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Flex Success: The Lawyer's Guide to Balanced Hours Paperback – March 17, 2011

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Editorial Reviews

About the Author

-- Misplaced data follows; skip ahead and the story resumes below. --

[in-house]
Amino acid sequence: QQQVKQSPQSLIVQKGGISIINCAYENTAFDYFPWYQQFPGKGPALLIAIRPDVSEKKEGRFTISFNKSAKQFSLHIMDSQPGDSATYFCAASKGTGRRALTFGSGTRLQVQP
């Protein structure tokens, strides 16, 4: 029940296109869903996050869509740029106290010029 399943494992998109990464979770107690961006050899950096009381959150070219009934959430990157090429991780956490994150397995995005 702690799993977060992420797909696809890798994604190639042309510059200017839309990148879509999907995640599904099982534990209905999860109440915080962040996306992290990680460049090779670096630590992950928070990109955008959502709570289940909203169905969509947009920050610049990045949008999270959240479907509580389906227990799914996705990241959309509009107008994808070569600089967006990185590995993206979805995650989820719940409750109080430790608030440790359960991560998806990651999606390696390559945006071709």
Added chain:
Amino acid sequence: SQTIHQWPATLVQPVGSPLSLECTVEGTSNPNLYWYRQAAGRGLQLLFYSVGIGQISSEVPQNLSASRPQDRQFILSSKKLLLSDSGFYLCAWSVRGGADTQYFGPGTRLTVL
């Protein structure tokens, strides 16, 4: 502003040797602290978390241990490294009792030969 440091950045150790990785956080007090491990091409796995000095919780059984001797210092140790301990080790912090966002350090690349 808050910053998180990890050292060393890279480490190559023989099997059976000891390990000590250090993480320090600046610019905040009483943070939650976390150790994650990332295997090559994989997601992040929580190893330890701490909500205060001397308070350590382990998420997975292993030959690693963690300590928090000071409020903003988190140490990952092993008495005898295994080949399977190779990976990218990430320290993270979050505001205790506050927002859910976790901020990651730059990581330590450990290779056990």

Cynthia Thomas Calvert is a lawyer, consultant, speaker, writer and researcher with over 25 years in the legal industry. She was a partner in the D.C. litigation firm of Miller, Cassidy, Larroca & Lewin, LLP and thereafter had her own employment law practice in which she counseled businesses on compliance. She founded the Project for Attorney Retention with Joan Williams in 2000, and served as its co-director until 2010. During her tenure, she and Williams led groundbreaking research projects involving the advancement of women in the legal profession and work/life issues for lawyers, and authored Solving the Part-Time Puzzle: The Law Firm’s Guide to Balanced Hours (NALP 2004). In addition, she was deputy director of the Center for WorkLife Law, PAR’s parent organization, from 2003 to 2010. WLL pioneered the research behind family responsibilities discrimination, and she and Williams authored the only legal treatise on the topic. She continues to work with both PAR and WLL as a senior advisor. She has written numerous articles, has been quoted widely, and speaks across the country to bar associations, law firms, and client groups. For more information, please visit Joan C. Williams is a distinguished professor, the 1066 Foundation Chair, founding director of the Center for WorkLife Law at the University of California, Hastings College of the Law, and director of the Project for Attorney Retention. She is the author or co-author of seven books and over seventy scholarly articles, and was awarded the Margaret Brent Women Lawyers of Achievement Award in 2006. With Cynthia Calvert, she has authored a series of influential studies of work-family balance in the legal profession, including the path-breaking “Balanced Hours” (2000), “Better on Balance?” (2003) and Solving the Part-Time Puzzle: The Law Firm’s Guide to Balance Hours (2004). Williams has run four working groups on stereotyping and cognitive bias. The first founded the study of “maternal wall” bias in social psychology, and led to a special issue of the Journal of Social Issues (2004) (edited by Monica Biernat, Faye Crosby & Joan C. Williams) that won the Distinguished Publication Award of the Association of Women in Psychology. Follow her on her Huffington Post blog. The WorkLife Law website is